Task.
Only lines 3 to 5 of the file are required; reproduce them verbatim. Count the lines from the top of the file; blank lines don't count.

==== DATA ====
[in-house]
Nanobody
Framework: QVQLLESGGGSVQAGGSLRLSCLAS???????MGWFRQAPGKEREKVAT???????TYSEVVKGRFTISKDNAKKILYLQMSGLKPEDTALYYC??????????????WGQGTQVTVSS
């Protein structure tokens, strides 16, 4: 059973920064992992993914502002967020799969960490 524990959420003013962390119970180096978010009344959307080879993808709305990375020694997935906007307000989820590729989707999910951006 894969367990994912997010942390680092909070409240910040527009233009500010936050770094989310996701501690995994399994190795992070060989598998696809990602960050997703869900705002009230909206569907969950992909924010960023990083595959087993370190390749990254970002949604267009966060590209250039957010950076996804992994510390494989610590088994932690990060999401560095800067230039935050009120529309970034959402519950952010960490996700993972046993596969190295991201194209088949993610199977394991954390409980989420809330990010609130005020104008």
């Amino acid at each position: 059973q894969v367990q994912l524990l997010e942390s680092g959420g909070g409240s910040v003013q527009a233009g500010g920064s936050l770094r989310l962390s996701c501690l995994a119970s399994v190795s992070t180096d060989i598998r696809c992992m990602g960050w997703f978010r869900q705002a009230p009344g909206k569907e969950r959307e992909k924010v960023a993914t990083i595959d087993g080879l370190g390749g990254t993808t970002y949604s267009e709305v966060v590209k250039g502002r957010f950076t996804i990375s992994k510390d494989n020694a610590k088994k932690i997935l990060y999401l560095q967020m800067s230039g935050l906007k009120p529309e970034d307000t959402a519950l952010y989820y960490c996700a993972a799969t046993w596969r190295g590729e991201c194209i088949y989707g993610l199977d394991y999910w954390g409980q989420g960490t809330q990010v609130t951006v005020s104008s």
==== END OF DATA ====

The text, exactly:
Framework: QVQLLESGGGSVQAGGSLRLSCLAS???????MGWFRQAPGKEREKVAT???????TYSEVVKGRFTISKDNAKKILYLQMSGLKPEDTALYYC??????????????WGQGTQVTVSS
């Protein structure tokens, strides 16, 4: 059973920064992992993914502002967020799969960490 524990959420003013962390119970180096978010009344959307080879993808709305990375020694997935906007307000989820590729989707999910951006 894969367990994912997010942390680092909070409240910040527009233009500010936050770094989310996701501690995994399994190795992070060989598998696809990602960050997703869900705002009230909206569907969950992909924010960023990083595959087993370190390749990254970002949604267009966060590209250039957010950076996804992994510390494989610590088994932690990060999401560095800067230039935050009120529309970034959402519950952010960490996700993972046993596969190295991201194209088949993610199977394991954390409980989420809330990010609130005020104008």
């Amino acid at each position: 059973q894969v367990q994912l524990l997010e942390s680092g959420g909070g409240s910040v003013q527009a233009g500010g920064s936050l770094r989310l962390s996701c501690l995994a119970s399994v190795s992070t180096d060989i598998r696809c992992m990602g960050w997703f978010r869900q705002a009230p009344g909206k569907e969950r959307e992909k924010v960023a993914t990083i595959d087993g080879l370190g390749g990254t993808t970002y949604s267009e709305v966060v590209k250039g502002r957010f950076t996804i990375s992994k510390d494989n020694a610590k088994k932690i997935l990060y999401l560095q967020m800067s230039g935050l906007k009120p529309e970034d307000t959402a519950l952010y989820y960490c996700a993972a799969t046993w596969r190295g590729e991201c194209i088949y989707g993610l199977d394991y999910w954390g409980q989420g960490t809330q990010v609130t951006v005020s104008s």